As a child, my favourite book was the Indrajal Comics version of The Mahabharata. I still remember the cover of Sri Krishna showing his viraat swaroop to Arjuna on the battlefield. I was so mesmerized by that image that I’d sit and look at it for hours. I must have read this book more than a dozen times in my childhood.
Much later, when I was in college, I read a 700-plus page translation of the epic, and then, recently, I read another abridged version.
However, one day, quite by chance, I watched a video discussion about the Mahabharata on Youtube. Intrigued by the discussion, I went on to watch a few more videos. That’s when I realized that I had missed the most important parts of the epic by reading the abridged versions. The summarized versions of the Mahabharata contained just the story, however, they did not give me any insights about the subtle thread of dharma that runs right from the beginning to the end of the epic.
The Mahabharata is a lot more than simply a story of the rivalry between the Kauravas and Pandavas, the mention of Gods and Goddesses, and the admonishment given by Sri Krishna to Arjuna on the battlefield. First and foremost, it is a story about subtle dharma. We see the subtle dharma in situations and characters that are not clearly good or bad. However, despite being in the gray area, there emerges in the situation a clear course of action that aligns with the truth. This clear action can roughly be called the “truth of the moment”. That is the subtle dharma that Sri Krishna tells us can be understood by the cultivation of yogastha buddhi.
Besides this, the Mahabharata is also called the fifth Veda because it combines knowledge of all four Vedas and many Upanishads. Rishi Ved Vyasa, the composer of the epic said that the Mahabharata contains every possible human story.
The parts of the epic where the subtle dharma comes out in its full glory are the specific discussions in dharma, interactions between characters, decisions, and the reasons for making those decisions.
All these points that make the epic worthy of reading for the student of dharma are lost in the summarized translations because they focus primarily on the events and a few discussions and decisions.
One option, then, is to read the entire unabridged epic to obtain its full benefit. But there are several challenges on this path. The unabridged version of the Mahabharata is huge. Kisari Mohan Ganguli’s translation is over 7500 pages and Bibek Debroy’s translation, based on the BORI version, is about the same length.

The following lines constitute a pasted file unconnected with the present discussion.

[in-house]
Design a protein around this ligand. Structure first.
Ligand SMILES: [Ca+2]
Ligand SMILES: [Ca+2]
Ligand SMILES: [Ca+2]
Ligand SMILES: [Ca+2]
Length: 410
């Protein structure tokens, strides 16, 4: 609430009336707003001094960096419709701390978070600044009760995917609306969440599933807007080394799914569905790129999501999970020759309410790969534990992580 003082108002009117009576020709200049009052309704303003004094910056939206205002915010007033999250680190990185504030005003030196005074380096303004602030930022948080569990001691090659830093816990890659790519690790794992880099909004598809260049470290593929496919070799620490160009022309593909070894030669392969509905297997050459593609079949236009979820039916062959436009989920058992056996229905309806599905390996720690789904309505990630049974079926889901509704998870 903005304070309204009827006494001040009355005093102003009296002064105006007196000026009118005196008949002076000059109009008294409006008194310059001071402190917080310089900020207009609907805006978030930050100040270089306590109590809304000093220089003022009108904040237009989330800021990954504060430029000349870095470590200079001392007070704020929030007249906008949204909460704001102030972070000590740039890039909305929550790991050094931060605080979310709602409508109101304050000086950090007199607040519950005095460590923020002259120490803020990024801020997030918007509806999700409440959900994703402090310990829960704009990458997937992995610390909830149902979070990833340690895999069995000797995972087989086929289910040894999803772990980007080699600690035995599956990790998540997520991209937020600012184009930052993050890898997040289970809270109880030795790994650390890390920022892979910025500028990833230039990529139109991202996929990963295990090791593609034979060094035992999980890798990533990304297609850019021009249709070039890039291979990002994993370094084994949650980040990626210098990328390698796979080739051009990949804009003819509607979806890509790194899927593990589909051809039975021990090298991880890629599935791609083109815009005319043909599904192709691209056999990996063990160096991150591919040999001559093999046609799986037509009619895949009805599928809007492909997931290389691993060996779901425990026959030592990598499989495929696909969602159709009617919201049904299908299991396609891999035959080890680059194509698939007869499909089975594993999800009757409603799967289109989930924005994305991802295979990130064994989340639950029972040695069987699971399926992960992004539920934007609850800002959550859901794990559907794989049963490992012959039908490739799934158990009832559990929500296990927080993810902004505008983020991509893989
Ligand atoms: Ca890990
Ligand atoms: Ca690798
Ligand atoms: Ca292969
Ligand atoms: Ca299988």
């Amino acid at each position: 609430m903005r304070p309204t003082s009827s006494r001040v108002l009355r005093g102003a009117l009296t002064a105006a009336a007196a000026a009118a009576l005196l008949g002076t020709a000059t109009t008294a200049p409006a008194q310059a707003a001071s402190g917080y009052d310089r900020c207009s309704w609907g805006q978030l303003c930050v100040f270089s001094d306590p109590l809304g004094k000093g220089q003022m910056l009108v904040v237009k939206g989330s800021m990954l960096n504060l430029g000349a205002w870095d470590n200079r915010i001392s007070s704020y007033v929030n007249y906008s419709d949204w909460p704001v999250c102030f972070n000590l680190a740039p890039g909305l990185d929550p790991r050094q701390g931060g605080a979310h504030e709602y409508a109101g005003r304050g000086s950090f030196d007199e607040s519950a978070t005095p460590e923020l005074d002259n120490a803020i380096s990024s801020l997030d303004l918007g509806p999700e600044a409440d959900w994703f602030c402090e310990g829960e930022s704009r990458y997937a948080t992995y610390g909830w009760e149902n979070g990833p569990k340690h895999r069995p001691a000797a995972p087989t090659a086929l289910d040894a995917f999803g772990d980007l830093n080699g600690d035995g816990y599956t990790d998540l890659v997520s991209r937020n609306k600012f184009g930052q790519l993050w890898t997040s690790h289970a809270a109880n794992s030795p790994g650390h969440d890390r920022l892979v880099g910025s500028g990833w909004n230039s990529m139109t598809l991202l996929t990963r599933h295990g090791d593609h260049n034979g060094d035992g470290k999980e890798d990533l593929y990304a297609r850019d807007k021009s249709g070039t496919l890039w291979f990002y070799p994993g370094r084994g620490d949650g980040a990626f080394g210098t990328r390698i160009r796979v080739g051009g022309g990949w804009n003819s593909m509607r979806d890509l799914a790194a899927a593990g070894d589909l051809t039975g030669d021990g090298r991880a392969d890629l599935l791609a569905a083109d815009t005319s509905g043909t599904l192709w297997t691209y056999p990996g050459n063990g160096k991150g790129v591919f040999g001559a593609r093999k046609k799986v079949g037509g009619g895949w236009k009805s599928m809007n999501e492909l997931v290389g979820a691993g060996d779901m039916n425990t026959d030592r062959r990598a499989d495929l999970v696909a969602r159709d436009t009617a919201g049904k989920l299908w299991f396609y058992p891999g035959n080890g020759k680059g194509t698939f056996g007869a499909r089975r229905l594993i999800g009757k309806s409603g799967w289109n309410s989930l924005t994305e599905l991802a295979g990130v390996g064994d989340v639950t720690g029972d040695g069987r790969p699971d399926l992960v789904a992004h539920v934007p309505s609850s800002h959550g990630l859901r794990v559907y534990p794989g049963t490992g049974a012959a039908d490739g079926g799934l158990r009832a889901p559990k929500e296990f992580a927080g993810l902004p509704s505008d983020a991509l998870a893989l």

The good news is that a reader who wants to focus mainly on the subtle dharma does not need to read the entire epic. It’s because the Complete Mahabharata contains extensive description of the geography along with the flora and fauna of that time. It also contains large discourses on statesmanship and governance. It contains several long lists of names (eg: names of all the 100 Kaurava brothers, etc). Finally, discussions are very repetitive in nature.
I’m publishing this web book as a two-tiered book for an audience of readers who are interested in the subtle dharma. Let me explain…
Tier-I will be the summarised version of The Mahabharata. It will contain all the events, passages on the dharma, discussions, conversations, decisions made by various characters, as well as the reasons for those decisions.
Tier-II will contain other details such as geography, flora, fauna, statesmanship, and governance.
Excessive repetition from both tiers will be rephrased in a concise and clear way.
The image at the top explains this concept in a visual manner.
Besides being a two-tiered narrative, this version has several other features:
- Every page has a comment section, where readers can ask questions
- Wherever possible, I will embed videos and link to external resources for details or nuances about the topic covered in the page
- Difficult-to-comprehend relationships will be presented visually instead of an incomprehensible wall-of-text
- Many posts will contain journaling entries that will help you explore your own life, swadharma, and swabhāva.
Dear reader, I hope you enjoy perusing this translation and you glean from it the subtle dharma that Rishi Ved Vyasa had intended for his readers to imbibe.
I dedicate my translation to the Goddess Adi Para Shakti who incarnated as Draupadi to facilitate the transition from Dwapara Yuga to Kali Yuga.
OM SRI MHATRE NAMAH